Visual Framing: Getting People Into the Picture

How can we use visuals to enhance the effectiveness of our communications on social issues? A couple of well-chosen photos can really help make your communications more engaging. Whether it’s a brochure, a blog post, a print ad, or a PSA, visuals can actually help people think about your issue more easily.

However, it’s important to recognize that images can also work in unintended and unproductive ways.

Putting people in your pictures helps your audience relate to your issue on a human level. Using pictures of individuals is common enough, but can subtly change who or what your audience sees as responsible for both the problems and solutions embedded in your issue.

How does this picture communicate ed reform?

What does the above picture tell us about education reform? It tells us that this child is doing well in school, as evidenced by the “A+” on his homework. The clear message is that this child has empowered himself to achieve and succeed. This picture has been used as a way to promote education reform, but it does nothing to communicate that any teacher, parent, policy or program helped this child or his classmates.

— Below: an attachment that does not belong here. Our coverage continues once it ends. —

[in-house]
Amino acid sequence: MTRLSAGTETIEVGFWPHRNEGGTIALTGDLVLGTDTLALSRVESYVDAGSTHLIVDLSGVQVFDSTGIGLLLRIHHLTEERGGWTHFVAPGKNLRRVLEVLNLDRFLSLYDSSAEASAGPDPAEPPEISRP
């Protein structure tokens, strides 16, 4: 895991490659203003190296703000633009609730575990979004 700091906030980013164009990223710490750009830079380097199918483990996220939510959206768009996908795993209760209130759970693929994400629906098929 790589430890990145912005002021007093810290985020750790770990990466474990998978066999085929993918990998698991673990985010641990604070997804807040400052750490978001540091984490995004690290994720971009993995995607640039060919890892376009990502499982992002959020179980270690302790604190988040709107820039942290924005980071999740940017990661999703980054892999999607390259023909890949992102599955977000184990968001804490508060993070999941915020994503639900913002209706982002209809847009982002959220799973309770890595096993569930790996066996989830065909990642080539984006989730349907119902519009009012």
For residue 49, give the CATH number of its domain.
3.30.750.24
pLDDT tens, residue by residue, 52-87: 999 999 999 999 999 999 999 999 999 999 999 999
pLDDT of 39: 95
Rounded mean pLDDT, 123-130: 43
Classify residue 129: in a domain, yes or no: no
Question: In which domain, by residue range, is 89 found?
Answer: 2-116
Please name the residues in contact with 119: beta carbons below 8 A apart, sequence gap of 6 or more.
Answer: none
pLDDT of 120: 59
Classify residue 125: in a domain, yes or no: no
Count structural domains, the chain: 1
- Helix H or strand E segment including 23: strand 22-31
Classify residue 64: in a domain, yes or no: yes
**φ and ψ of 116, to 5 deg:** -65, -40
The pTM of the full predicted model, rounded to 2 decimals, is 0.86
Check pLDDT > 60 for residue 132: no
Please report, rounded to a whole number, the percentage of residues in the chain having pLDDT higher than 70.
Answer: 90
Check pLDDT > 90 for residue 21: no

In contrast, consider the next picture below. It shows a group of children learning together led by a teacher. This is a type of image that conveys a notion of collectivity. This is a group that is working together and, perhaps, even aided by new policies such as lower classroom size or improved teacher training. By portraying people in meaningful social contexts, audiences can see the structures, systems, and environments which good public policy can change for the benefit of communities.

What kind of message does this image reinforce?

When using images, we want to make sure they reinforce our main message and help audiences visualize what that message may look like in practice. Do your organizational images reinforce or contradict your message on social issues? 

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